Their victory was like a movie.
Let me explain.
Imagine a Hollywood movie. The trope it rides is this: “An unlikely character is elected into a public office”. Could be a backwoods hick running for the presidency; a preschooler nominated for Congress; a pink country unicorn running for the House of Representatives.
In such a movie — set in America, as it is from Hollywood — this upstart will be folksy and streetwise, and ride a sudden, unprecedented, everyone-loves-or-hates-the-hero swell into an exciting close election.
He will not be either a Democrat or a Republican, because one has to think of the feelings of the audience. His program will be one of nice platitudes and rah-rah statements similarly designed to not alienate any significant fraction of the moviegoing public, while still having zazz and pizazz in it! There will be a lot of talk about “making America great again”, probably through some magical small-town grit and work and vague common values that the elites have forgotten.
The other parties will be running insiders, cronies, corrupt rules-lawyers; and they will be baffled by the upstart’s folksy aphorisms and word choices. Expect a scene where three frazzled men in suits consult a dictionary, exclaiming that they can’t find the words in there.
Then the big night — the election! Close calls, last minute high-jinks, and then our upstart wins! Wins big! The enemy is driven out of town, pelted with animal refuse and banana peels! Our hero beams, everyone is happy! The dead rise, the long lost daddy returns, and all is sweetness and light. Close with cheering and high spirits; no sequel.
Now, in Finland, we have the True Finns. They’re not really right-wingers, not really lefties, but draw their supporters and slogans from both. They’re the new guys; they’re been in the Parliament already, but with small numbers, mere 5 out of 200 — now they won 39 of 200, becoming the third-biggest party and three seats away from the biggest. Their leader, Mr. Timo Soini, is a shrewd man with a tendency to come up with all manner of folksy phrases and word choices that are so darn folksy they don’t even actually mean anything.
What scares me here is that this election has been like a Hollywood movie, and no doubt the True Finns see themselves as the heroes of such a “real film” — but reality doesn’t operate by Hollywood rules.
It’s not enough to be the folksy upstart come to clean the stodgy elites away. It would be kind of nice to have some actual experience, too; just being new doesn’t mean you aren’t worse than the plodding old guys.
It’s not enough to make up buzzwords and say you’re going to fix everything. It would be nice to have a realistic plan, too, one that doesn’t involve promising everything and also less taxes.
It’s not enough to be for truth, justice and the Finnish (or American, as may be) way. It would be nice to have a platform that doesn’t sound so ominous, once you think about it — one that doesn’t have all the wrong people cheering. Up with the good old ways! (Down with this artsy multicultural shit!) Finland is a Finnish place, that’s clear! (No to foreign pollution!) All for small-town values! (And if you can’t deal with them, you godless faggot, go to fucking Sweden!) Finnish money for Finnish people! (Not to those starving Africans, or financially desperate Portugal — what, me worry about world economy?) No to Euro-elites and professional political animals! (Yes to isolation and Dunning-Krugerish confidence!) This is a protest vote! (Because any derp is better than the old, as we don’t have no paradise yet!)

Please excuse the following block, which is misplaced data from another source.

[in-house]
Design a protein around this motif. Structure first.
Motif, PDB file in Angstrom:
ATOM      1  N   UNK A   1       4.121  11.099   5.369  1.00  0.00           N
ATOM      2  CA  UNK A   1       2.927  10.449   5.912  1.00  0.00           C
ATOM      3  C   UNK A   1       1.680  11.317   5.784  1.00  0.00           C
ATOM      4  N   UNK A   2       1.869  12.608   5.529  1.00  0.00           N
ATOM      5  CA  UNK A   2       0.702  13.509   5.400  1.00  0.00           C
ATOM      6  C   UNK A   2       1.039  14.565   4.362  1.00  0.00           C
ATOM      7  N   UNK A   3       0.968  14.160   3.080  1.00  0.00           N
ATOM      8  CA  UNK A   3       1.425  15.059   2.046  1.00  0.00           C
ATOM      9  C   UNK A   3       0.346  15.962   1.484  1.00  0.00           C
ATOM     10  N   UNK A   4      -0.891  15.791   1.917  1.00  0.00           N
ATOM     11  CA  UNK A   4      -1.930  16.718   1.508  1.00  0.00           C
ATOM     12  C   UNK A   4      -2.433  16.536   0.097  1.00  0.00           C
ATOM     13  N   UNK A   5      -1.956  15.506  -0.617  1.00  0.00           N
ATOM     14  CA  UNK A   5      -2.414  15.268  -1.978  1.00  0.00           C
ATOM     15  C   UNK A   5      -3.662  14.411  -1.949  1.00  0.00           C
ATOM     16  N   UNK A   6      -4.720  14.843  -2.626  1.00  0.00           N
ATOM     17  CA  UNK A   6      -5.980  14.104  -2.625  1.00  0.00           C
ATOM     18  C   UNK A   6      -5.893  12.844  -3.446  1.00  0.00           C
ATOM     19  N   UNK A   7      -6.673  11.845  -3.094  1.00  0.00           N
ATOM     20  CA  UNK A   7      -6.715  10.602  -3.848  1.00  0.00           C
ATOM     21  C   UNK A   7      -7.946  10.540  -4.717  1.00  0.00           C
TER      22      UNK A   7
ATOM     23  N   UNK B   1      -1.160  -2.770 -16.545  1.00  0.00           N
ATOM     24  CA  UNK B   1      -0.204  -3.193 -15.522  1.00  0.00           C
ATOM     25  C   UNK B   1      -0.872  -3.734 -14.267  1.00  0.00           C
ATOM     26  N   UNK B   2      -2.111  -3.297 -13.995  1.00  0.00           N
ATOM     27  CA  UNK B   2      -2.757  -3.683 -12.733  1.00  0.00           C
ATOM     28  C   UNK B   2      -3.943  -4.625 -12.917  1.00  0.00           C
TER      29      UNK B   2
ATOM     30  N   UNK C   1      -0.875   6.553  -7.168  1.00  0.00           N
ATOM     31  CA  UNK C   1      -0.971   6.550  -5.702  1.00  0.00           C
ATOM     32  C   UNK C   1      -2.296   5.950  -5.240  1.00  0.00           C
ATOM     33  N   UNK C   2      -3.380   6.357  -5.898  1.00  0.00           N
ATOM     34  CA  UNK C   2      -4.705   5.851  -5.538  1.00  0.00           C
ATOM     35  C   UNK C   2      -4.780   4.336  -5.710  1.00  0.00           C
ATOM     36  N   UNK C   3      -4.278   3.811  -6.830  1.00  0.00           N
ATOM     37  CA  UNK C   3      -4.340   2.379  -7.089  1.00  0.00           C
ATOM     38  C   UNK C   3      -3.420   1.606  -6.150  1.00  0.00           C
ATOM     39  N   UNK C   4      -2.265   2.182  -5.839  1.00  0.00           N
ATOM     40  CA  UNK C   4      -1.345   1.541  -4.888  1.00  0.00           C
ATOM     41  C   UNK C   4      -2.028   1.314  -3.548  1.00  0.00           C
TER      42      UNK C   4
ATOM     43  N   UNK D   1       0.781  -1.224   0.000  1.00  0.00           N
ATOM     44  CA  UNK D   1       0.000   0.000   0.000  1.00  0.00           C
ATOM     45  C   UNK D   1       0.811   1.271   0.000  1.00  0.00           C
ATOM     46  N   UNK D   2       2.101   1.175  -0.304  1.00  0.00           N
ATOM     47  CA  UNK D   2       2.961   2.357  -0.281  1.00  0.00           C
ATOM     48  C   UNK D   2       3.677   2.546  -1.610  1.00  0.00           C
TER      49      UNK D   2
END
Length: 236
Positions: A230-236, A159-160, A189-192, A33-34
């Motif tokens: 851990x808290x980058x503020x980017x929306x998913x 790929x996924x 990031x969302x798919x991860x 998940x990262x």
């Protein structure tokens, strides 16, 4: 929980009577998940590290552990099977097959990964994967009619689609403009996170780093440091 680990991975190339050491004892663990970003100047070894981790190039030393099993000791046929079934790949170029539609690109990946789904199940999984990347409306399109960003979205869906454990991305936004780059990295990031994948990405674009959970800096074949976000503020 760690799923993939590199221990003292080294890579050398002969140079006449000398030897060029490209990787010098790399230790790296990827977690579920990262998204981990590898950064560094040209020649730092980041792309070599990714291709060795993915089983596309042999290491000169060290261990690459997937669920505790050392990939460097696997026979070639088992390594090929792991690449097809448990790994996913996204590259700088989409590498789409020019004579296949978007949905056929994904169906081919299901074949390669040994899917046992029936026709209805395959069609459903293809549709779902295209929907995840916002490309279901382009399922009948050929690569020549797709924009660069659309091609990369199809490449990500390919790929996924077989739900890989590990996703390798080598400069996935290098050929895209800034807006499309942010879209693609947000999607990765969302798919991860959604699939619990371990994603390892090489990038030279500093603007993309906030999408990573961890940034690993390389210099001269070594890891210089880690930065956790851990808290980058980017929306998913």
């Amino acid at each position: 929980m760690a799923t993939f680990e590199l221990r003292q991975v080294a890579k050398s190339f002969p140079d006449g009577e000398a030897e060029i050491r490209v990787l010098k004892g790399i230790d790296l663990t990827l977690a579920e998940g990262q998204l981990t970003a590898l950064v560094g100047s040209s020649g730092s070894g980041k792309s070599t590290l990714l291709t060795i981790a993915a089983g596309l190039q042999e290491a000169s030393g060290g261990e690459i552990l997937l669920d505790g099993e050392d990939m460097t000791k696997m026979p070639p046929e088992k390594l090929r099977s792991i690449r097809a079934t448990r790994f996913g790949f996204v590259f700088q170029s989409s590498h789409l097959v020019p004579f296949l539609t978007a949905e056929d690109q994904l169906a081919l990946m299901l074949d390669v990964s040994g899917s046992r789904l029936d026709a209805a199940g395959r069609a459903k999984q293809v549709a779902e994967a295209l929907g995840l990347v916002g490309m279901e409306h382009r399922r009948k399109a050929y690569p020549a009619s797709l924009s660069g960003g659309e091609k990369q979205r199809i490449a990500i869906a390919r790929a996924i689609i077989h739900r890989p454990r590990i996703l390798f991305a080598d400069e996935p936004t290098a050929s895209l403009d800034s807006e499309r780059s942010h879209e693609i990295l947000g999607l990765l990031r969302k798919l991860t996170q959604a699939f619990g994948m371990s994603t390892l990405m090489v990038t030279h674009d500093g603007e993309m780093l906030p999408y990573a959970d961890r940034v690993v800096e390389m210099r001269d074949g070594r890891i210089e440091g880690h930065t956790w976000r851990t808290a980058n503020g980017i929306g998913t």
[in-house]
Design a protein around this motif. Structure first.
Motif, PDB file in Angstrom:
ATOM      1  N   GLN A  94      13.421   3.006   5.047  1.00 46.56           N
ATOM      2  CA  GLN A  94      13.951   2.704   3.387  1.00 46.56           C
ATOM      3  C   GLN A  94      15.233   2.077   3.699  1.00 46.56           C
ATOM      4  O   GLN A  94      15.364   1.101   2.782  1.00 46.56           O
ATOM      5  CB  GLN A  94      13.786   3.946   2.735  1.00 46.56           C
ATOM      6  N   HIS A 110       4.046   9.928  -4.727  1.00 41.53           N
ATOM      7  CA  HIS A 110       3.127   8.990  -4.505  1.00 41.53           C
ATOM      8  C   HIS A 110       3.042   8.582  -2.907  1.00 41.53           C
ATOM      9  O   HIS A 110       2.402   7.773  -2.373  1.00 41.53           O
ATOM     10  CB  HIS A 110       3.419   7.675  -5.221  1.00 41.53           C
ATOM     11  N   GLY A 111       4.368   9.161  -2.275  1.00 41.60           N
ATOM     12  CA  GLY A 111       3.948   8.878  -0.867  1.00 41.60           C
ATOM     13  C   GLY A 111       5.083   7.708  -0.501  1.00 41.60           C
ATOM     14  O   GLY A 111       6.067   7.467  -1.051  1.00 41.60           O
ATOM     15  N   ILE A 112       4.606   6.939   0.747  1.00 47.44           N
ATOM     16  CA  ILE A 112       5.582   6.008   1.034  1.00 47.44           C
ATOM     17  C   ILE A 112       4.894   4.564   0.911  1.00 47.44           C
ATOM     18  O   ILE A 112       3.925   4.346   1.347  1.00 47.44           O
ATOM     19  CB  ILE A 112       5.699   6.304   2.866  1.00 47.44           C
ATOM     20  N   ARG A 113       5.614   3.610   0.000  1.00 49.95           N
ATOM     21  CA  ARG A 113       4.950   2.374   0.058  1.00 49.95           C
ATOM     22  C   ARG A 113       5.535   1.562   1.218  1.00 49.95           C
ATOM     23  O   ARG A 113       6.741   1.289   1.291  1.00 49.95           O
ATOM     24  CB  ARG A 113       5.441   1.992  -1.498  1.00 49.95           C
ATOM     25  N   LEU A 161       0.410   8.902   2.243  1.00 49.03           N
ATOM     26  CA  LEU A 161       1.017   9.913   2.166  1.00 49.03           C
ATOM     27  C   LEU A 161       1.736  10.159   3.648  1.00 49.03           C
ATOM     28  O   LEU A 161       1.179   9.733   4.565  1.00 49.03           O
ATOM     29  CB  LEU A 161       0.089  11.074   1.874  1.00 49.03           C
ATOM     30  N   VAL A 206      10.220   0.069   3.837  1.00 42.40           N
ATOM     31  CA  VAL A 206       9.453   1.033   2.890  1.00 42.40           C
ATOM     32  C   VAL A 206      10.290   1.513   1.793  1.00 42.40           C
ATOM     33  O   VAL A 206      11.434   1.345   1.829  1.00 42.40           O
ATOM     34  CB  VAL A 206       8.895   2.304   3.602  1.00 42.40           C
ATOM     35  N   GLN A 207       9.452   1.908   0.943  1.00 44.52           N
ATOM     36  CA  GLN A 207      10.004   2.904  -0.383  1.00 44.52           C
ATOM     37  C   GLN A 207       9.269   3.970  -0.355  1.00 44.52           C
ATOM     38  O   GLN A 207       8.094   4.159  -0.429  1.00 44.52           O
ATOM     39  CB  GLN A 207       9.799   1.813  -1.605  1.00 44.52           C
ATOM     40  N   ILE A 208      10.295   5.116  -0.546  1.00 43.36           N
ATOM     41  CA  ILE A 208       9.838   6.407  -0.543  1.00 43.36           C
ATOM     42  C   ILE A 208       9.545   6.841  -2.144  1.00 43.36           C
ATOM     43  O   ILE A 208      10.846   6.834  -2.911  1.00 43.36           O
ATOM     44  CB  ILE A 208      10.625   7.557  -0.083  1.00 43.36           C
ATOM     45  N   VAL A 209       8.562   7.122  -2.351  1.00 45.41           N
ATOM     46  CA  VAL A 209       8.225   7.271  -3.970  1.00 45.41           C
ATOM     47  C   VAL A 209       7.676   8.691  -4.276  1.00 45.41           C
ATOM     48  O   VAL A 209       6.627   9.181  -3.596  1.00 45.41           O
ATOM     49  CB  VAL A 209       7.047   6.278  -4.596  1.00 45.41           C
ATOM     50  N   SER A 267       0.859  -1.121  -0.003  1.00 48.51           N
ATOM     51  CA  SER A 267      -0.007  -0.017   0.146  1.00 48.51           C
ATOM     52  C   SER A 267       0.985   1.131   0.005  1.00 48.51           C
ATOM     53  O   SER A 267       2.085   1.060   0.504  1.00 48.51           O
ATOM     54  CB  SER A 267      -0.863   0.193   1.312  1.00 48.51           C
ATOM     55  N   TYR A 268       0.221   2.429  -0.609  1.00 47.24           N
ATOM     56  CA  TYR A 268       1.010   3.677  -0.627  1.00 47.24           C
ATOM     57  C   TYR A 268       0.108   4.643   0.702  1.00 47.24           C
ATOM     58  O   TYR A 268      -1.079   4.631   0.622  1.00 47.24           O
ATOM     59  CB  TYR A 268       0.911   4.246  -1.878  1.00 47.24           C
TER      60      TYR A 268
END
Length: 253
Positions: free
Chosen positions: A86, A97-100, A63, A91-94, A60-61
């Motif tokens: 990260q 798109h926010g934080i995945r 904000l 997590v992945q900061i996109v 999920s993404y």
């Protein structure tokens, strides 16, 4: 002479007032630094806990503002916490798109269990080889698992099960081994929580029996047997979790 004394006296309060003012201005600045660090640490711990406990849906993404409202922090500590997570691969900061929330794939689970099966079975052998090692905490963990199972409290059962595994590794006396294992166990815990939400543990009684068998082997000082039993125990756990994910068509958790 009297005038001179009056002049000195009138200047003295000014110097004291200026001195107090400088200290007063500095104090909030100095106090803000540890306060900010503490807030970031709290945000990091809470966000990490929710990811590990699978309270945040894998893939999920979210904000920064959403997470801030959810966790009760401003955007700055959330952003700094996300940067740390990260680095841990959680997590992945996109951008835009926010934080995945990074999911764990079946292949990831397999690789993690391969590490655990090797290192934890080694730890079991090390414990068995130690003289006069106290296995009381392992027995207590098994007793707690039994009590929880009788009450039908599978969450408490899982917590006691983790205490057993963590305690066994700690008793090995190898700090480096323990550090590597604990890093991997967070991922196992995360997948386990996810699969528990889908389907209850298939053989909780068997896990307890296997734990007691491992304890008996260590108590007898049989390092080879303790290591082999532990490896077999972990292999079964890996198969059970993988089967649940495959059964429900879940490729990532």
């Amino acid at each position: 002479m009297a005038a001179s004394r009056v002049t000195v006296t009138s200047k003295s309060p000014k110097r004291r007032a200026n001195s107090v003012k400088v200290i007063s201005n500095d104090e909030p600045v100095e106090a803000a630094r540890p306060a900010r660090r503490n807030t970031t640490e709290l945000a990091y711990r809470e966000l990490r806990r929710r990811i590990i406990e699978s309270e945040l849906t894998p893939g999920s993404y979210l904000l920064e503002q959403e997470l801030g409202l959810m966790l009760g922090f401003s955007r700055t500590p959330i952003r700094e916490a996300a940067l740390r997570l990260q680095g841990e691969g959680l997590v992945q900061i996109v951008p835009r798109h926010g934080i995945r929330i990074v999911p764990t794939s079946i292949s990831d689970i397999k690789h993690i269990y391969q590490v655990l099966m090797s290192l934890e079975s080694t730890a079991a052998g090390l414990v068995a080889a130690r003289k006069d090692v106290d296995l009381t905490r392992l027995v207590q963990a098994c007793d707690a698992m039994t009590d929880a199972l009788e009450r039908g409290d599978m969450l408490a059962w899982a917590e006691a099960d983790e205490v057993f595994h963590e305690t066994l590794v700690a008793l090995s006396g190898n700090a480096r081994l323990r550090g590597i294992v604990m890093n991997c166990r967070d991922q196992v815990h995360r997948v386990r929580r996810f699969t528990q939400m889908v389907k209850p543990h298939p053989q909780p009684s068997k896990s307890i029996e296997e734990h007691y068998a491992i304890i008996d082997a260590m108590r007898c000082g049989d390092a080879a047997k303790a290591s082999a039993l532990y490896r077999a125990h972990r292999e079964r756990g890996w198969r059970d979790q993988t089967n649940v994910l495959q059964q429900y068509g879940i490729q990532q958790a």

And so on.
And above all, unlike in the movies, it’s not enough to win. It’s not enough to stand in the headlines and say “See? The people — they like me! They really like me! The wisdom of the crowds! This is a mandate for any crazy shit I want!” — it’s not enough to smugly smile and think that all will be a cakewalk to paradise now that the election’s won. (Not that — in my barely-amateur opinion — Mr. Soini is that naive; but sweet bleeding arsehole of Christ, the rest of them.)
It would be kind of nice if I could make myself believe those winners don’t expect the credits to roll now, with snapshots of a now inevitable and quick forever bliss, with all the problems and the problematic people just gone away.
Reality doesn’t operate by Hollywood rules. Soon the True Finns and their supporters will be facing the bland realities of parliamentary democracy: and I’m not sure if this means compromises that will disillusion and break them, and marginalize the scary types; or if it will spur them on to some futile, misguided crusade while the important, subtle things go undone. Or maybe they’ll notice that it’s easy to talk big, and act little: that is, it might be the easiest to be like the stodgy opponents in that exciting Hollywood fiction.
(For an editorial not so full of grumbling and foreboding, see Helsingin Sanomat, English version.)